"In religion, in language, in festivals, in love, and in song and story," Finney and Houston write, "surfing was woven into the life of ancient Hawai'i." A mere sport might have survived the arrival of Europeans, but surfing was too much part of the old social order to weather the devastating impact of the colonialists and missionaries who inundated the islands in the wake of Captain Cook's expedition.

Ironically titled, "The Touch of Civilization" chapter details the process by which the native Hawaiians were shorn of their cultural heritage in order to become Westernized. Finney and Houston, attuned to historical subtleties, recognize that the transformation was as much a seduction as a conquest: "That these foreigners could be so powerful and wealthy without respecting the kapu system, the sacred taboos that had regulated every aspect of island life, led daring Hawaiians to flout specific prohibitions until finally, the king uprooted the entire system."

The blandishments, temptations and puritanical strictures of the missionaries killed off Hawaiian sports like surfing (which wasn't just frivolously pleasurable but actually carried an erotic charge in its free mixing of the sexes) and stifled native musical traditions. By the turn of this century, the ancient frolic of Hawai'i's kings and commoners was barely a memory, a point poignantly summed up by a magnificent full-page photograph of a lone late-19th-century native surfer headed out to sea at Waikiki beach--he looks like the last of his kind.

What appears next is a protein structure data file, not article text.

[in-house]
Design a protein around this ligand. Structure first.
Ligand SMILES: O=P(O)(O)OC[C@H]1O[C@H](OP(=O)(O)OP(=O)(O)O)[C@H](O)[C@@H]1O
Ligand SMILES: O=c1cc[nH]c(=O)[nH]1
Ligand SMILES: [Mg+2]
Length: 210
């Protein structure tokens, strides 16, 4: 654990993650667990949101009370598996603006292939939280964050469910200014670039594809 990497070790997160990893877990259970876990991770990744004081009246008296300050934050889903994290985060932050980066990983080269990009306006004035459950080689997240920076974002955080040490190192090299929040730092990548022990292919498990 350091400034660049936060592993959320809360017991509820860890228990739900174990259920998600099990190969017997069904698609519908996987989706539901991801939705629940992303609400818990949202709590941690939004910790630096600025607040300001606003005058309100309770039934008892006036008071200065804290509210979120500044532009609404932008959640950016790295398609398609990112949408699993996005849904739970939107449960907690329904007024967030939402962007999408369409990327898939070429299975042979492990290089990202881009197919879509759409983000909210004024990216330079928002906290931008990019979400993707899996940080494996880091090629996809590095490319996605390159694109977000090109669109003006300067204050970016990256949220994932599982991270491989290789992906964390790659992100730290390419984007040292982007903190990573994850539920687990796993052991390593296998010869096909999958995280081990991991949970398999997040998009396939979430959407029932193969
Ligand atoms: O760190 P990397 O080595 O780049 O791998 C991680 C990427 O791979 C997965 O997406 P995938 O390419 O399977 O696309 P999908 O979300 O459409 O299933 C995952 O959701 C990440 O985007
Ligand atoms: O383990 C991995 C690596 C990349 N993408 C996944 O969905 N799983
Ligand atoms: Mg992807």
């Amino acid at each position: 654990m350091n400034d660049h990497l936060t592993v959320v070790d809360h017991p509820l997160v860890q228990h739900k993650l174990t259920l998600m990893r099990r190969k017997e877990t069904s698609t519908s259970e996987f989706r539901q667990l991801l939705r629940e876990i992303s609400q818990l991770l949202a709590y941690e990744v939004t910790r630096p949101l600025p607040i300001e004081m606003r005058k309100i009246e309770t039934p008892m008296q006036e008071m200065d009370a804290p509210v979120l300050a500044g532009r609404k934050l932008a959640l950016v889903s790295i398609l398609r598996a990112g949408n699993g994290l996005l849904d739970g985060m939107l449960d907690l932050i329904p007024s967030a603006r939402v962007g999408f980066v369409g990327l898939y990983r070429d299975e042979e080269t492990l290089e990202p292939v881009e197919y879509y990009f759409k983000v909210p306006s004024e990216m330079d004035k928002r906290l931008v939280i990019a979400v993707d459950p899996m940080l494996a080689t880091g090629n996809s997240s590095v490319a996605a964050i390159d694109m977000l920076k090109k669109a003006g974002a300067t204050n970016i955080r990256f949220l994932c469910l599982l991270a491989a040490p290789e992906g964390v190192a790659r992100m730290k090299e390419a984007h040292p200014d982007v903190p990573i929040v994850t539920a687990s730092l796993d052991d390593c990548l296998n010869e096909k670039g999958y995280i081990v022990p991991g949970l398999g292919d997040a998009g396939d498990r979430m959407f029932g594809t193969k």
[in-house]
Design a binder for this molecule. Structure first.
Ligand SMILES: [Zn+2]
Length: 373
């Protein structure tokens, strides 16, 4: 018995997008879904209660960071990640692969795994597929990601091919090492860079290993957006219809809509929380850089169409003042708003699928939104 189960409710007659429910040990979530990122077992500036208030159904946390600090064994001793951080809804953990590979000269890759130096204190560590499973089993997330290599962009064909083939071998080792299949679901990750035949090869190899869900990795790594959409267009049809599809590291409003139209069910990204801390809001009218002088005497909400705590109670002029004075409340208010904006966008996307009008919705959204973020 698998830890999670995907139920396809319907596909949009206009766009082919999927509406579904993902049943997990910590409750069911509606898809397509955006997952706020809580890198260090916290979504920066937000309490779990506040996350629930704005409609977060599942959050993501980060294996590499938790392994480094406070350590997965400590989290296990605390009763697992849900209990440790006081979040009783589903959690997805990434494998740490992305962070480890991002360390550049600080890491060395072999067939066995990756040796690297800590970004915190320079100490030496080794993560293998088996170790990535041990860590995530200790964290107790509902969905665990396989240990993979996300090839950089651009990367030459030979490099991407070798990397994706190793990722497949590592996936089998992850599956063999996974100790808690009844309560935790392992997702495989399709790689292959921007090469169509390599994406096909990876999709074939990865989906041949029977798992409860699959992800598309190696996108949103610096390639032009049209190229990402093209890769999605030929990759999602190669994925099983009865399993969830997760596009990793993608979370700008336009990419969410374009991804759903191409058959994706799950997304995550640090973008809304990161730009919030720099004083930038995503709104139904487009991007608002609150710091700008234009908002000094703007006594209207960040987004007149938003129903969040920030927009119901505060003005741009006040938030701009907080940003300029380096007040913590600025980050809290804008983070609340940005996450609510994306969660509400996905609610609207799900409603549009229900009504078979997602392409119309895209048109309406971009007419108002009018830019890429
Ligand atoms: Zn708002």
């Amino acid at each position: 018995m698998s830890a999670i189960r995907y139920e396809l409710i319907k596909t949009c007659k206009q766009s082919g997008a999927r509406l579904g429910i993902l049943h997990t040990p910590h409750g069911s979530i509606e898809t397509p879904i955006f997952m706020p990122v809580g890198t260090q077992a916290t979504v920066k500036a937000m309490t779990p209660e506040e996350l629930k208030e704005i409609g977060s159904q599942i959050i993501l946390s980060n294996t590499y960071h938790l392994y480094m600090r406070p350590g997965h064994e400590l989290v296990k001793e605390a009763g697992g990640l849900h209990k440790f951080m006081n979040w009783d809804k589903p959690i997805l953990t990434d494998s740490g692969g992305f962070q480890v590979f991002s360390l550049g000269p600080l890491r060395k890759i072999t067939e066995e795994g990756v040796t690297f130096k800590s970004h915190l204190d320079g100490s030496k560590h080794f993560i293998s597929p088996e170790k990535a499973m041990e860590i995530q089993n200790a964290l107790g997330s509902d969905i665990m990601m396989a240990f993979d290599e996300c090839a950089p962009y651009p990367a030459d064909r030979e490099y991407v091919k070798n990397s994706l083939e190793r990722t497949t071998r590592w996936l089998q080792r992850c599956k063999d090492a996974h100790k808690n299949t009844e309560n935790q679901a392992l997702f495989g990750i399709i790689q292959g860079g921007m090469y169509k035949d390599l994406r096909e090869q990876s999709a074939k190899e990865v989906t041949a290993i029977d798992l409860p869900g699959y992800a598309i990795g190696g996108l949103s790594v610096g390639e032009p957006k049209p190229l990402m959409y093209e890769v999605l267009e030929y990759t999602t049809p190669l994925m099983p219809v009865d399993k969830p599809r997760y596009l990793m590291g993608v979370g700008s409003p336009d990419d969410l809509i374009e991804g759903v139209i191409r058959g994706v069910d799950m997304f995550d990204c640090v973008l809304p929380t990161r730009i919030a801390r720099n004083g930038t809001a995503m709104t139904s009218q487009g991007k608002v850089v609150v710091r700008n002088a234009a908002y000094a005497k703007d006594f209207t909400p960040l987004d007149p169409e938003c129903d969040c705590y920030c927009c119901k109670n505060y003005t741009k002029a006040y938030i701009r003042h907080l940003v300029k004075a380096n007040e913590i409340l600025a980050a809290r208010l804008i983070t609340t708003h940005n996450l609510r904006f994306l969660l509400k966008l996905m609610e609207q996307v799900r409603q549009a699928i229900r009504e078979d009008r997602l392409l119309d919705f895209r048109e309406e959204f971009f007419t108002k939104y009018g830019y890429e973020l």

Appropriately enough, it was a Californian, Jack London, who kicked off the sport's revival with his 1907 report of a day of wave riding. His gambol in the surf took place during his Pacific Islands cruise aboard the Snark and was recounted in his article "A Royal Sport," published in, of all places, A Woman's Home Companion. London models his surf wear while wife Charmian protects herself from the sun with a large parasol in an amusing 1915 photograph reproduced in the book. More pragmatically, early developers of the Hawaiian beach-front hotels recognized that surfing was a tourist attraction that could help promote their fledging resort ventures.